The percentage of Beaufort County School District students who meet or exceed standards on a key state test has increased across all subject areas this year, and county pass rates are now higher than state rates in writing, English and math.
Despite those gains, however, officials see areas of concern, which superintendent Valerie Truesdale said the district is moving to address.
The Palmetto Assessment of State Standards is given to students in grades three through eight in five subjects: writing, English, math, science and social studies.
In 2009, when the test was first administered, county pass rates lagged statewide rates in all five areas. For example, 67.2 percent of county students met or exceeded math expectations for their grade levels that year, compared to 69.9 percent of students statewide.
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Results from the 2011 test, released Friday by the S.C. Department of Education, show those figures have reversed: 74.5 percent of county students passed the math test, compared to 72.9 percent statewide.
Pass rates in writing and English have made similar reversals.
County students still lag the state in science and social studies, but Truesdale said the three years of PASS data now available demonstrate Beaufort County is on an upward trend.
"What it's showing is that we're closing the gap with the state average," she said.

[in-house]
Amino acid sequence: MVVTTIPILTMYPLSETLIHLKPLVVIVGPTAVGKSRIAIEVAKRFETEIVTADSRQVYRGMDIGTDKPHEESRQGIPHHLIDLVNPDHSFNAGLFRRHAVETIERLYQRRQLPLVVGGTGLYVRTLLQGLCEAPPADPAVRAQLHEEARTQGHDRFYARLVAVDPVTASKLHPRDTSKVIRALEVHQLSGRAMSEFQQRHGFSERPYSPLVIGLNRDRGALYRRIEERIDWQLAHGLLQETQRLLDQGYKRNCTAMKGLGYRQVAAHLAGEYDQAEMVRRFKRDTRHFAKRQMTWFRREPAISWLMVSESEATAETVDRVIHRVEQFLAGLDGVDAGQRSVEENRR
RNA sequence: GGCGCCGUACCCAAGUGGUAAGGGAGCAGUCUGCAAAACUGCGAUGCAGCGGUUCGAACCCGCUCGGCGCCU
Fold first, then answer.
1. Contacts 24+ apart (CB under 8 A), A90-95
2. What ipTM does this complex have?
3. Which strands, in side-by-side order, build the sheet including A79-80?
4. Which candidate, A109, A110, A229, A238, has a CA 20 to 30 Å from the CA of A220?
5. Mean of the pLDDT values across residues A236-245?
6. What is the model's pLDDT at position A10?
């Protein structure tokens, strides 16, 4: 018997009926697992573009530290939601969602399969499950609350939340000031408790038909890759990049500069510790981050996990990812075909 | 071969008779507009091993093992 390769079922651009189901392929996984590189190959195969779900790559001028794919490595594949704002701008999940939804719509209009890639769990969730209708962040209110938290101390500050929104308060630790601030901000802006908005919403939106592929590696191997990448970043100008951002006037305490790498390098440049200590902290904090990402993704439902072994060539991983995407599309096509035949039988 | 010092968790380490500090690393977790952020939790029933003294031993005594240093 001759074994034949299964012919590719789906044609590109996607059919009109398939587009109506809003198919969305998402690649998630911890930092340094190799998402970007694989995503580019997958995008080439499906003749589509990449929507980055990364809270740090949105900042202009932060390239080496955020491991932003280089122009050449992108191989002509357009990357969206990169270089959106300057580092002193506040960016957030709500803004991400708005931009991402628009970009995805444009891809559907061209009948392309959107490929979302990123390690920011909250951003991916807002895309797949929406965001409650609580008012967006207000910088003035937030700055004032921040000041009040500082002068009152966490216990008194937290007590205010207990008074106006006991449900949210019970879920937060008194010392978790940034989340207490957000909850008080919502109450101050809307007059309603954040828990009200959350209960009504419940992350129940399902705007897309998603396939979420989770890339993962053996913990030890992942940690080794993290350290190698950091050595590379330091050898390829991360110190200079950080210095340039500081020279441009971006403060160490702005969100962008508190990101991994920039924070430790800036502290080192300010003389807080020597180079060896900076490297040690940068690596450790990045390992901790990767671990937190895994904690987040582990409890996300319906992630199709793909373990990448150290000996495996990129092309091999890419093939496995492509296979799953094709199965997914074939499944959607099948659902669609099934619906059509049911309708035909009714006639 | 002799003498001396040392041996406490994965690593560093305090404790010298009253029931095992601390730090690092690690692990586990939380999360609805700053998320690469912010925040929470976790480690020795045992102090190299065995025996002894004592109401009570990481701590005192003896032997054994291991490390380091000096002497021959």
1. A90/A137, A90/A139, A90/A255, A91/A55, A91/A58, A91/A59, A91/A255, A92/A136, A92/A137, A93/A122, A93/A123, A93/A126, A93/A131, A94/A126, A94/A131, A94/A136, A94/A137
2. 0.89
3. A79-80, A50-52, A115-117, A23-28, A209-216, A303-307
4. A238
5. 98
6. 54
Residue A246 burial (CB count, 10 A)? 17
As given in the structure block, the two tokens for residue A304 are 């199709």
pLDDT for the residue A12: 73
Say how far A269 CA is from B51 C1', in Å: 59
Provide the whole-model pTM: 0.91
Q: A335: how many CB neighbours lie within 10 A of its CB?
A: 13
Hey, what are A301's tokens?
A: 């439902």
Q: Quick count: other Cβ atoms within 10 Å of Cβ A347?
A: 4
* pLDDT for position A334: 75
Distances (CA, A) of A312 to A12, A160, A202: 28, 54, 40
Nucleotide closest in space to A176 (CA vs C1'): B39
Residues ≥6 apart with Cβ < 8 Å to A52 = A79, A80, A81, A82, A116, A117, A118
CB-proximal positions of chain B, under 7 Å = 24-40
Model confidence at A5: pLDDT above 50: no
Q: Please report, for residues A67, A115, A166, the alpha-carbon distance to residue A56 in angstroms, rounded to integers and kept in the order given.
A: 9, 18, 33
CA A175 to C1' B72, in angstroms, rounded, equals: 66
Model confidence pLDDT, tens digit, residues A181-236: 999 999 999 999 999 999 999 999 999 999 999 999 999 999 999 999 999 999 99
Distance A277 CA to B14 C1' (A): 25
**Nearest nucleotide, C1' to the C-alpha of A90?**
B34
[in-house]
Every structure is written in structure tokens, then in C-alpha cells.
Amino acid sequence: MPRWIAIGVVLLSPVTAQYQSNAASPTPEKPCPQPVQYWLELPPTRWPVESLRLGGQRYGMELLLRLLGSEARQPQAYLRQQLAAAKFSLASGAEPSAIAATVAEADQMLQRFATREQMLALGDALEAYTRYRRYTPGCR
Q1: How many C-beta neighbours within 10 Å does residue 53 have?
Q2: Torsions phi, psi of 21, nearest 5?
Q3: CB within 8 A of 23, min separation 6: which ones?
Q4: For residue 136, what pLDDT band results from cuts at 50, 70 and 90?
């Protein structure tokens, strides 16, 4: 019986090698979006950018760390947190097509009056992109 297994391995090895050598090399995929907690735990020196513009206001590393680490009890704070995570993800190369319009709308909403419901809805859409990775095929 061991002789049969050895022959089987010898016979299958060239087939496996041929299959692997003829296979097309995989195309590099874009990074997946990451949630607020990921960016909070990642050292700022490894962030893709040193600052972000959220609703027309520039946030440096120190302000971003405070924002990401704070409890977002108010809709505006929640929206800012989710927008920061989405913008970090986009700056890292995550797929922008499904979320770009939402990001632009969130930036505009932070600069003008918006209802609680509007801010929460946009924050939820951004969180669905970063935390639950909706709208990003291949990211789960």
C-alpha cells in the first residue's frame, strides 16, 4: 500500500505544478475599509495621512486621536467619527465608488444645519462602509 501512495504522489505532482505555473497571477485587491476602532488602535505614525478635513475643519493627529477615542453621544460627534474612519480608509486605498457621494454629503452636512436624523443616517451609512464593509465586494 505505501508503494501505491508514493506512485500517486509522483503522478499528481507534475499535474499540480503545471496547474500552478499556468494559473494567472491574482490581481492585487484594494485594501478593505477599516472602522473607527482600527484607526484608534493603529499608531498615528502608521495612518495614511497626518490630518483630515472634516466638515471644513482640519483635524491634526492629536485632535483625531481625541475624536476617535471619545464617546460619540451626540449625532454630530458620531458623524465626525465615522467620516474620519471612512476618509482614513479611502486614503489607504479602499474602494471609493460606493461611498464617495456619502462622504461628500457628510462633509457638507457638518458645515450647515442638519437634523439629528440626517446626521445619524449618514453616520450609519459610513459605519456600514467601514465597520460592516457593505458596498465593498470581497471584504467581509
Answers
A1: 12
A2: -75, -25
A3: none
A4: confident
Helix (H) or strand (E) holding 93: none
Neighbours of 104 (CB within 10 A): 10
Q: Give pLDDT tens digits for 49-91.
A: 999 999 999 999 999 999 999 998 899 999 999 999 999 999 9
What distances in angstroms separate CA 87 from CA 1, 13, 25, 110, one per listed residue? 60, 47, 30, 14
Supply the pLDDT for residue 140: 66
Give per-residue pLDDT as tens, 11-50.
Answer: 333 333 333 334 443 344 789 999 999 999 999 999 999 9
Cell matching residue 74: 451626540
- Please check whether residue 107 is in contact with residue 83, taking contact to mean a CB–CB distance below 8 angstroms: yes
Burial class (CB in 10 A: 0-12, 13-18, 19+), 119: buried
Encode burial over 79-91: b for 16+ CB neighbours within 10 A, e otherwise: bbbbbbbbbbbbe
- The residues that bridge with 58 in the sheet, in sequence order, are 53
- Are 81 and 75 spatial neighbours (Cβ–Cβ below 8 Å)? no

Truesdale credited math, science and literacy coaches and a focus on data for the improvements.
There are, however, data points in the 2011 test that concern district officials.
In social studies, countywide scores edged upward and narrowed the gap with state scores. But last year, fifth, seventh and eighth graders exceeded state pass rates in the subject. This year, no grade topped the statewide rate.
The problem, Truesdale said, is reading weakness.
Though county pass rates on the English test are nearly a percentage higher than the rate statewide, she said social studies scores show students are struggling to understand difficult material and to connect causes and effects.
"We're doing better in reading, but the deep comprehension -- we've got to work on it," Truesdale said. "One of the biggest strategies we have this year is that our social studies teachers are going to be focused on teaching reading and writing in social studies."
Other areas of note from the 2011 results:
Follow reporter Kyle Peterson at twitter.com/EyeOnBeaufortCo.